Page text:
Mayor, can you say the same about the size and cost of city government? Of course not!

Don Haddix's picture

Size of government here is down, not up. Cost is up because even after freezing and cutting wages and/or benefits there were huge jumps in overhead everyone is struggling with now.

The cost of living in general is up. The consumer price index, in example, went up .2 in October and is up 1.9 from last year.

Cost increases in thing like medical and insurance, across the board, are absurd. As are other costs.

We need to increase our economic base, not raise taxes. As well cut spending on non essentials (Safety is essential).

<cite><strong>Don Haddix
Peachtree City Mayor</strong></cite>

Mike King's picture

Compare the cost of city government in 2006 (the year prior to you going on council) and where it is now. My point being the substantial growth in the numbers and cost of our police and fire is simply unjustifiable given the growth in population during the same period.

You call it a safety issue, I call it consecutive mayors being duped by out of control city management and a vocal and insecure minority of residents. Do you consider the purchase/lease of the police Harley essential? Maybe the duplicitous canine unit already available within county resources? You do realize we are part of Fayette County, and as such pay county taxes?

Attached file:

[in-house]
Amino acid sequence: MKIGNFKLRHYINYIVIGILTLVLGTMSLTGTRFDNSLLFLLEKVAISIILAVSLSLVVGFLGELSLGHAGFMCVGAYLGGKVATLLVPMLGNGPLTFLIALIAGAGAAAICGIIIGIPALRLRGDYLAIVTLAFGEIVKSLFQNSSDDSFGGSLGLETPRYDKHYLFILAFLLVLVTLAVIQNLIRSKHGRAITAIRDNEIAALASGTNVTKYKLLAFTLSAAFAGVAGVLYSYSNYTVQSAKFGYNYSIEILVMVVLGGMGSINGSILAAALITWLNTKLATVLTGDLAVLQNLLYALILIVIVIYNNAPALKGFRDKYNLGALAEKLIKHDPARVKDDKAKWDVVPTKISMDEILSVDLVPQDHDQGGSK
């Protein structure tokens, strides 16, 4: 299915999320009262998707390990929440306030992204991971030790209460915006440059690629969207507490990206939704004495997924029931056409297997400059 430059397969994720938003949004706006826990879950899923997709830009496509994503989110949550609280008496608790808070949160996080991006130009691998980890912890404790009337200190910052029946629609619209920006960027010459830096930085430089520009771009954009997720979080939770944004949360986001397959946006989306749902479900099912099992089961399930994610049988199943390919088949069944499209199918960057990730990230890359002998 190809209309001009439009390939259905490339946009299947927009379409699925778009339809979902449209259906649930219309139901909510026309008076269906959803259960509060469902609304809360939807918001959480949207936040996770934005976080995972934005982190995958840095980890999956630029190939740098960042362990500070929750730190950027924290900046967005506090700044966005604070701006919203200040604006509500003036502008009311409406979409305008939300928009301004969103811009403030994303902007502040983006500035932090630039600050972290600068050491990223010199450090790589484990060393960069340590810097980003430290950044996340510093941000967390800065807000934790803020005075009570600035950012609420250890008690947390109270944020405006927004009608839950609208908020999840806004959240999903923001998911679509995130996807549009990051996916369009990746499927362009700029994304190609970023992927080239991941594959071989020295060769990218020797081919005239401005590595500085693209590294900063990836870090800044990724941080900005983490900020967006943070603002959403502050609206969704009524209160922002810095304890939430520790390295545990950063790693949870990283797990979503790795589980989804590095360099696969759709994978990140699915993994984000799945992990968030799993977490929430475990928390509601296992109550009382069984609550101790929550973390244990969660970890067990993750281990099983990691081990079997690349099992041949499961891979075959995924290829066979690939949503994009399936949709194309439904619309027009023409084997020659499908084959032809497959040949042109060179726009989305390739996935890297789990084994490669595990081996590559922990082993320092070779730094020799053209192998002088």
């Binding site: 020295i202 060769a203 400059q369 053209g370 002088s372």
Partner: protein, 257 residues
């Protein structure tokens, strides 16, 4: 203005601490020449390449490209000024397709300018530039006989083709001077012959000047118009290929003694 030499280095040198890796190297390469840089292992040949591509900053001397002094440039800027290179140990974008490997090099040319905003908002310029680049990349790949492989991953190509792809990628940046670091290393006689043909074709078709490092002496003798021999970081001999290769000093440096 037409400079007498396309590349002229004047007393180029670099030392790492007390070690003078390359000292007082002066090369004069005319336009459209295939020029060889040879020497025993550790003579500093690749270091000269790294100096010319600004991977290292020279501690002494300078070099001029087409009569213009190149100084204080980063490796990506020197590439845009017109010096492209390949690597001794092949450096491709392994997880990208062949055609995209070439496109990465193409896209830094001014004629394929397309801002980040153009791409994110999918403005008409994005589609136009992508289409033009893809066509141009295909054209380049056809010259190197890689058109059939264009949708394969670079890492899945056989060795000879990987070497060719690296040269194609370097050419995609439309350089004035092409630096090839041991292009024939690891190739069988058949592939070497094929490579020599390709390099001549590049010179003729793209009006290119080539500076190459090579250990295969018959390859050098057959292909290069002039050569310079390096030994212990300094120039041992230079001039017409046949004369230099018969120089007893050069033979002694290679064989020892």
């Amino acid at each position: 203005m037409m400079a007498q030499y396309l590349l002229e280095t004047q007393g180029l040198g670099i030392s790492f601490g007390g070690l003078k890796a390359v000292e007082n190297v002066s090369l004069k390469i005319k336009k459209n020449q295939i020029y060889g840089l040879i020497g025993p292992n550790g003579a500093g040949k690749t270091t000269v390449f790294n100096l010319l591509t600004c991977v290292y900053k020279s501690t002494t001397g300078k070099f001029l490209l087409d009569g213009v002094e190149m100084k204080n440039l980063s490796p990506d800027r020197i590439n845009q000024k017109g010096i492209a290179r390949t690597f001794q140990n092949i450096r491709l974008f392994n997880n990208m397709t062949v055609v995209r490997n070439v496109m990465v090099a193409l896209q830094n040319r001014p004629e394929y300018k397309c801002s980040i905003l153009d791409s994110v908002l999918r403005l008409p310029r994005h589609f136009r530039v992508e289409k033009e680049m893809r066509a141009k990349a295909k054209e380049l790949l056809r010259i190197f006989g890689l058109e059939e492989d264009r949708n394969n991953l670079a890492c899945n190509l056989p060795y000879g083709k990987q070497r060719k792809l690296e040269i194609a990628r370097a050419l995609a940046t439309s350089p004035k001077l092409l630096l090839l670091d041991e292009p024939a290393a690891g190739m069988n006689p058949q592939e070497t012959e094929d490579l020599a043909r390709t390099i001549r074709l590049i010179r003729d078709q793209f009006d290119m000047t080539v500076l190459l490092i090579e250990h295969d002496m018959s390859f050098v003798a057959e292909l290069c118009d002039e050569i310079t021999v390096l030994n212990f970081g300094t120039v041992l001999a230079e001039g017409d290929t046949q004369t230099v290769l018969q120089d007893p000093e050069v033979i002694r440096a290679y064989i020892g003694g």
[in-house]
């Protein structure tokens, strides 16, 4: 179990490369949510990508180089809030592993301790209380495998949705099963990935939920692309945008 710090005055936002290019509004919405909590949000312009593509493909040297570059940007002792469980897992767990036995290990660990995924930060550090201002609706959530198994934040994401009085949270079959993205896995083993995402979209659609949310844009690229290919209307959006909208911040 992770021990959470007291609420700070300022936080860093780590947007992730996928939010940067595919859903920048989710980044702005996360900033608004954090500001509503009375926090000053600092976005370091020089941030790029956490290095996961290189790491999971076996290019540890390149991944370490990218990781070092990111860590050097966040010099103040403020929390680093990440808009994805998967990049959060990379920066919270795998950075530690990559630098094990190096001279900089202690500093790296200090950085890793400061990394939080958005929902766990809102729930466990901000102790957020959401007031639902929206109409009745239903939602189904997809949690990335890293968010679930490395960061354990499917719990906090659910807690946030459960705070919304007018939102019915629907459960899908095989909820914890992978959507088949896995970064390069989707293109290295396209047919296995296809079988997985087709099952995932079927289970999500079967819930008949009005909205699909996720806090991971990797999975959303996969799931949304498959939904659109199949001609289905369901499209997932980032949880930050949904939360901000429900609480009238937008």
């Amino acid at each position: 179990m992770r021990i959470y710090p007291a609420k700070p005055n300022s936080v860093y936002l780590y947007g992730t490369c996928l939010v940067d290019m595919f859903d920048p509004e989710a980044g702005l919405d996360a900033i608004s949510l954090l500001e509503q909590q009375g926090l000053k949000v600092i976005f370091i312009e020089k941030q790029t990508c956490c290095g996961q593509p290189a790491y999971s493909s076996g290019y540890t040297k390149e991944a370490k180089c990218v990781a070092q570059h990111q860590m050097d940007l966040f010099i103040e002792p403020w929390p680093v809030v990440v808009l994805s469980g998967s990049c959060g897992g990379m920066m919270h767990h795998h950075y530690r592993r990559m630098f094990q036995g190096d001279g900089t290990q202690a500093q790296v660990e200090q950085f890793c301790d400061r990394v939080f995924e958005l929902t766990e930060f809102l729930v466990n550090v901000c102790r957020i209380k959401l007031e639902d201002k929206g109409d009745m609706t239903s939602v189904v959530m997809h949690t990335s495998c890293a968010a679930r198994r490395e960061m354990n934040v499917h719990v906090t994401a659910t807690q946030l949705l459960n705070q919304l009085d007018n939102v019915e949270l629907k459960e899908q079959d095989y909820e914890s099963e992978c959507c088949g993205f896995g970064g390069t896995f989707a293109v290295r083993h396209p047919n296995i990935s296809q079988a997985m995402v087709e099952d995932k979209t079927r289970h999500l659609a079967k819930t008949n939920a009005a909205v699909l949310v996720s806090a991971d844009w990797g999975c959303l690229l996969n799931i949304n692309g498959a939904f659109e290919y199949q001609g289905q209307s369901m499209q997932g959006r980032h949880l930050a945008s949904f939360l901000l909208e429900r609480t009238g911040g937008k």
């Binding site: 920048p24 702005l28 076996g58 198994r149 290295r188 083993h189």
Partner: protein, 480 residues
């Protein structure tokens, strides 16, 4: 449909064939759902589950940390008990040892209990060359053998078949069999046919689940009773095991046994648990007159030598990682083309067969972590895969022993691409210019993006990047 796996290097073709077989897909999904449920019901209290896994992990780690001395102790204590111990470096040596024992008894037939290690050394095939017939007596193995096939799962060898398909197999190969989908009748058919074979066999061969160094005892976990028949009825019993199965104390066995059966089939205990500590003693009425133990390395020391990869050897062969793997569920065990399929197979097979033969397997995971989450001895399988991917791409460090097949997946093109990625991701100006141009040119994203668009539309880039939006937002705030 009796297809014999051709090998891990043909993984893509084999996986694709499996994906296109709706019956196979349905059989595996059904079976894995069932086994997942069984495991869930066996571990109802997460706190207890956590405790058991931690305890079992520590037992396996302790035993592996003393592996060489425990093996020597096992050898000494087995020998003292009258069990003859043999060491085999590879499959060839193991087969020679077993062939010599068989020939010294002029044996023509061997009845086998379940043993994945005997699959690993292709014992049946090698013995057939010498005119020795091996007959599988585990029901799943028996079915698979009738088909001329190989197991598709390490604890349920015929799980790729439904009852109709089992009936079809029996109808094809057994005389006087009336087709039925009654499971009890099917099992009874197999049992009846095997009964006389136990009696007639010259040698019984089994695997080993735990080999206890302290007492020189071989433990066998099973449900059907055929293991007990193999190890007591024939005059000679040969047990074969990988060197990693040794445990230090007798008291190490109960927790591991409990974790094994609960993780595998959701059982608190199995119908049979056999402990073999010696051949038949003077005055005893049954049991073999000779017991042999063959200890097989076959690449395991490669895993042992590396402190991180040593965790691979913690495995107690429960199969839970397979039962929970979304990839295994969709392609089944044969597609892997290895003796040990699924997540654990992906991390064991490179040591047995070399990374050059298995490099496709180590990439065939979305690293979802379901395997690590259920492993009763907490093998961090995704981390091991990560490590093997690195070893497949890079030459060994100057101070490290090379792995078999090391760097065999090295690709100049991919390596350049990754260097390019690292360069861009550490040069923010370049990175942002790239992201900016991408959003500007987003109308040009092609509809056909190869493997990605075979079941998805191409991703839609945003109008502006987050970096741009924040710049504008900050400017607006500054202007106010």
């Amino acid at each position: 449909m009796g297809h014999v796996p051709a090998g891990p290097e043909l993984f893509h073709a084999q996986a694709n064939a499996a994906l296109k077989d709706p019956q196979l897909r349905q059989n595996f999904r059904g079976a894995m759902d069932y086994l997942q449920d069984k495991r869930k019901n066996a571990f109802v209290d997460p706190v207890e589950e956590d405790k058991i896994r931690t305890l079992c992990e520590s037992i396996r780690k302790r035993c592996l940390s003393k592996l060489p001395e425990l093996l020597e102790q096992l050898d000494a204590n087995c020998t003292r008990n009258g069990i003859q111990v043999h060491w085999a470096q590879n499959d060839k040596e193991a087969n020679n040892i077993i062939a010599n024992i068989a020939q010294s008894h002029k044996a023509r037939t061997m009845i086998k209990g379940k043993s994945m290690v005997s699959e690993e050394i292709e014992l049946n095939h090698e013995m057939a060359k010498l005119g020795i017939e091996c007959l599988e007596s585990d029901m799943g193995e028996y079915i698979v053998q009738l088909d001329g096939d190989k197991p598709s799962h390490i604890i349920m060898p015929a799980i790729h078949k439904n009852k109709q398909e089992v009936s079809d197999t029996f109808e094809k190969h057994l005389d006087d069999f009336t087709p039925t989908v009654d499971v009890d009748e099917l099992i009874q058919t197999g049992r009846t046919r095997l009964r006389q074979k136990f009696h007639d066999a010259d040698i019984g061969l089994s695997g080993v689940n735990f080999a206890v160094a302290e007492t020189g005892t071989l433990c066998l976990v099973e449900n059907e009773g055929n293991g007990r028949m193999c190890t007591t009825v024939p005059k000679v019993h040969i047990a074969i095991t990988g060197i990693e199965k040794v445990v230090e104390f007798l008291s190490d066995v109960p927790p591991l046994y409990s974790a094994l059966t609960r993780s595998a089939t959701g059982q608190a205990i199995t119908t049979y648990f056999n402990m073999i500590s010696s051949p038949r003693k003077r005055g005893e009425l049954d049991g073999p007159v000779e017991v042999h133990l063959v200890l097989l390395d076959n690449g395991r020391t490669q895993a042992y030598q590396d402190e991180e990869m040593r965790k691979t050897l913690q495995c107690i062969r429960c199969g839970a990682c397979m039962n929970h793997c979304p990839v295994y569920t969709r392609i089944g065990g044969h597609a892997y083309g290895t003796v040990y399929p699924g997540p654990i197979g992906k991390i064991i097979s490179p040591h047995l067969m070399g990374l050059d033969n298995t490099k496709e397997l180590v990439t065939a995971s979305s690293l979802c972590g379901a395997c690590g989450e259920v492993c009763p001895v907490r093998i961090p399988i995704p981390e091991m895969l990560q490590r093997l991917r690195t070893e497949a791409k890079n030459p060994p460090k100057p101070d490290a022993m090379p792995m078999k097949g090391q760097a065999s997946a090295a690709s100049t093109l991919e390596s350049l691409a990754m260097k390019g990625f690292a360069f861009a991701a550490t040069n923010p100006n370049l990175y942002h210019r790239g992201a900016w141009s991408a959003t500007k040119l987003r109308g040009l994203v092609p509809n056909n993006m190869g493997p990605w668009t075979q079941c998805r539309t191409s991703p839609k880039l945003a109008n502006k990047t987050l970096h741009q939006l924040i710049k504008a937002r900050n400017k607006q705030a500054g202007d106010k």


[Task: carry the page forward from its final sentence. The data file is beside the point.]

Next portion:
Why don't you list those nonessential items that you say we need to cut? We both know how I feel about the size of PTCPD.

"Our population growth has been stagnent for ten years because of complacency about getting jobs here."

Of all the outlandish statements, suppositions, and opinions you have offered both here and in other venues, this one may be the most outlandish and one without a basis.

Sir, what study or analysis do you reference with such a statement?

Don Haddix's picture

http://www.infoplease.com/us/census/data/georgia/peachtree-city/
Population change 1990 to 2000 26.4%, which would put 1990 at around 25,050
2000 - 31,580
2003 - 33,010
http://www.dca.ga.gov/
2008 - 34,516
2010 - 34,784

And there is complacency. When did PTC last have an active job recruitment program? When was FCDA proactive instead of reactive?

Interpret it any way you want. I call it stagnant due to complacency when you look at the prior years. Personal opinion either way.

<cite><strong>Don Haddix
Peachtree City Mayor</strong></cite>